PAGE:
Question about Isuzu Cars & Trucks
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Posted on Jan 02, 2017
If your timing belt came off when the motor was running, there 2 possible scenarios:
Motors are interference (pistons hit valves if motor spins <=2 revolutions without a functioning belt/chain) or not.
1. if kia 1.8 motor is an "interference" engine ... major damage already occured, at best valve stems are bent and you have to pull the head to install new valves, at worst, a piston now has a hole in it and you get to do a full rebuild. I'm now praying for you;~).
2. if it's not an interference engine ... joy is you, you rotate the cams whichever way you want and pistons do not hit valves ... and as they say in England "Bobs your uncle" ... ask a Brit.
I'm guessing that Kia doesn't build an interference motor with a belt ... the dealer or any shop with access to a good paid automotive database can tell you if the motor is interference or not.
The standard explaination for rotating forward ... which is not necessarily clockwise, has to do with tensiong the belt and how you get the tensioner in the correct position to do its job ,,, which is to keep the timing belt from jumping teeth. Each motor can be slightly different for tensioning the belt, so you need the specific instructions for your year car with the 1.8 motor. If the manual says you need special Kia tool "XYZ" ... get it or an close equivalent, don't try to use a pair of vicegrips clamped to a screwdriver.
You need to spend $20 for a Haynes manual for your car. Now you or I might think for a minute that what they say in the haynes manual isn't the easiest way ... but then we would probably be wrong.
Having done several timing belts, engine rebuilds and general maintenance over the years ... I can tell you this sincerely ... advice from someone (haynes in your case) who has actaully done the job you are embarking on is worth more than $20 if you are doing a job that takes more than a couple of hours. The specific stepwise instructions they have will get you successfully to the place where you have a new timing belt and the motor runs right by the shortest path. And one of the biggest benefits in doing a job of any complexity, it that you have written stepwise reassembly procedure documented ... so you don't end up at step 17 in the reassembly ... just to realize you didn't do step
9 .. that now requires to take stuff apart for the second time !^%$@!
Good luck ... you'll feel great when the thing is purring again.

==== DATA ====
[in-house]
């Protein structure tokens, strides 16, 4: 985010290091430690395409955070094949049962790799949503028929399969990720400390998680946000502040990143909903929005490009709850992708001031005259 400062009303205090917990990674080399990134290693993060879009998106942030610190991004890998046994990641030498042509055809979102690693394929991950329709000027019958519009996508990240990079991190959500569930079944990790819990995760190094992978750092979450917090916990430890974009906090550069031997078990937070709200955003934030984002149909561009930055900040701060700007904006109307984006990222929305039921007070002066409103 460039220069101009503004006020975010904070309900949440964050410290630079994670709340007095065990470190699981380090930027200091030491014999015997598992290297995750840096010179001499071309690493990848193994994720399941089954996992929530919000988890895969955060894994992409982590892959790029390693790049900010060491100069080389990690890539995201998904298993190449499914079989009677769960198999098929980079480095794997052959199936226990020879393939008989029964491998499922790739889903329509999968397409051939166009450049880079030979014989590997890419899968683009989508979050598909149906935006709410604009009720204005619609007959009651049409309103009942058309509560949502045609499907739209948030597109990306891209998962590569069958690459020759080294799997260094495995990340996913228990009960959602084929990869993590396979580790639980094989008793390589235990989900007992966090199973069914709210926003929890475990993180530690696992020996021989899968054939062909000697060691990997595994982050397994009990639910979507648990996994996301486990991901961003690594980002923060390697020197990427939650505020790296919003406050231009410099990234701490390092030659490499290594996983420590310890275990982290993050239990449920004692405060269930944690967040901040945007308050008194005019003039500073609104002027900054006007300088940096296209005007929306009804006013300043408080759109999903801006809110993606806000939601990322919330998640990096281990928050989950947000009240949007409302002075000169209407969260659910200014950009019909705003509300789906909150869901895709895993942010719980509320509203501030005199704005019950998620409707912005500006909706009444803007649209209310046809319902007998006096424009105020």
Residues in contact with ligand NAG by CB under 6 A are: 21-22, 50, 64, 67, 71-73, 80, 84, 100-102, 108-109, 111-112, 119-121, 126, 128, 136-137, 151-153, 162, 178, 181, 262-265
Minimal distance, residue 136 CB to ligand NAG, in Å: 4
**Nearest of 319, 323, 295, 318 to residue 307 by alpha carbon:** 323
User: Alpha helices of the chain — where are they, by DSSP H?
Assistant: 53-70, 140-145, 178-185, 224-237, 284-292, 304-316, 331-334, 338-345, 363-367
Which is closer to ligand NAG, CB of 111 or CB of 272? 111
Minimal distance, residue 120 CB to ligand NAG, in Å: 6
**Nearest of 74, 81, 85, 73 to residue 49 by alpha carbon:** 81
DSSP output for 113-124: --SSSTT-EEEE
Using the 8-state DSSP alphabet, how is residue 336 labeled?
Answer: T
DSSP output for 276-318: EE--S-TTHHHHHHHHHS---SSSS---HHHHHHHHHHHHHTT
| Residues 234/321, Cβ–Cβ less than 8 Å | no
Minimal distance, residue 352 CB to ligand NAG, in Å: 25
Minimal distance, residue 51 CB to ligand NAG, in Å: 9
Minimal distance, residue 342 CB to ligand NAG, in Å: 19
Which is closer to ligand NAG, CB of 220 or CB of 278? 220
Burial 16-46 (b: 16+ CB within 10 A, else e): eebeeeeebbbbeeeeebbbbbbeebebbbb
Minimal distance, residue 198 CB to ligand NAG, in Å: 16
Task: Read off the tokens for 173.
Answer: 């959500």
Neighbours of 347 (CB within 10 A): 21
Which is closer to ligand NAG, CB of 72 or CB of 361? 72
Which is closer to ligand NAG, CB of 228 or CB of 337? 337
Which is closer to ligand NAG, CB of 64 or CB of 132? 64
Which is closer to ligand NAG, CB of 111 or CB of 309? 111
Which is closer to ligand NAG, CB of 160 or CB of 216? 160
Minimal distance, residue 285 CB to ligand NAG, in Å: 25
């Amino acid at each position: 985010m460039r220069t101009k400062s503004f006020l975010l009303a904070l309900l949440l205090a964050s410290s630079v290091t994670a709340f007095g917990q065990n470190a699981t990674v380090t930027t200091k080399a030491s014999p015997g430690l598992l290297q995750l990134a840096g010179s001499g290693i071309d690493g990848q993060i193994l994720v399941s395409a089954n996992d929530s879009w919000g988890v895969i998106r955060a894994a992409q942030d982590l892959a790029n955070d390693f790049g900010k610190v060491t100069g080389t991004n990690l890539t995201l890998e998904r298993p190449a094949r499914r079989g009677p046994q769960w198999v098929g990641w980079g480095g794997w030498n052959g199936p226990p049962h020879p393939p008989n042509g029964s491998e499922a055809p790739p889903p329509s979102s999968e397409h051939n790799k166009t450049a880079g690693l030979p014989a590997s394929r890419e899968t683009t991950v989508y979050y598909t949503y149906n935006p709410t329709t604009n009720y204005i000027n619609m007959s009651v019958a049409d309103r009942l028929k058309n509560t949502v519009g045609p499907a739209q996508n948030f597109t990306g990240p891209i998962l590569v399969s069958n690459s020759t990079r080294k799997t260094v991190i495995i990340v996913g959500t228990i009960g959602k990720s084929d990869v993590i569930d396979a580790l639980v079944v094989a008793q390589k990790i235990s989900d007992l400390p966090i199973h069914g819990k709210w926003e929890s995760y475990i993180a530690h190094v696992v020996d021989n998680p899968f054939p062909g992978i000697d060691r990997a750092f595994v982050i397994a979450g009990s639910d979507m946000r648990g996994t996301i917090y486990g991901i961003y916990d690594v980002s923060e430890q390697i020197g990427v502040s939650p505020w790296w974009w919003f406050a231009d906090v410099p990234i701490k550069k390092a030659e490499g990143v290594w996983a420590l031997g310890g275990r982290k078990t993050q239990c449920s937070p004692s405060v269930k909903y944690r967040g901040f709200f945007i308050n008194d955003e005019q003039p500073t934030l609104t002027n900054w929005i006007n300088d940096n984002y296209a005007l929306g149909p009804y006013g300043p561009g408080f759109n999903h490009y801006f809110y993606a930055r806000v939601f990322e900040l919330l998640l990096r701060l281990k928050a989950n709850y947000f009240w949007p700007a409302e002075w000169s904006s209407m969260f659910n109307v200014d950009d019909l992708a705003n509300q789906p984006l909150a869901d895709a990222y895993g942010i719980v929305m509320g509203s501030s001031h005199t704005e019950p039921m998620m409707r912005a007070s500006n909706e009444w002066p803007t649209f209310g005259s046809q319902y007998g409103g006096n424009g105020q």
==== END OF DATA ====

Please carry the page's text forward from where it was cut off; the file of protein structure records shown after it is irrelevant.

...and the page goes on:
Posted on Oct 31, 2008
there is a little mark on the crankshaft which you line up with the 'o' mark on the casing ..
remove the cam cover and look at the cam you should see a nob on the cam about 3 th lob and that should be facing just left of the engine ..
if you have a turbo there is two notchs on the injection pump pully ..if turbo there is a 't' mark on the rear of the cover the notch on the pully should mark up with the 't'..
the timing is set..
Posted on Mar 09, 2009
There should be plated links on those chains too. There is an index dot in both cams on each head that set at the twelve o'clock position.
Posted on Jun 09, 2009
Belt covers need to be on. Timing mark on crankshaft (while on compression stroke) should line up with TDC mark on cover. then Camshaft mark, needs to line up by looking through access hole of cover, and align mark on cam sprocket with pointer on inside of belt cover.
Posted on Oct 22, 2009
Yes be sure the number one piston is at TDC firing stroke or compresson stroke and line up the timing mark pointer is pointed at exactly zero. One more thing when aligning the camshaft sprocket or sprockets be sure that when you are rotating the sprocket for the cam it is rotating in the correct direction and also be sure you observe the intake valve for number one shutting as you bring the marks up to alignment points, the intake valve and the exhaust valve should be shut when the marks line up if not you could have the cam sprocket off 180 degrees, get it right the first time or you may damage a valve trying to start.
Posted on Dec 29, 2009
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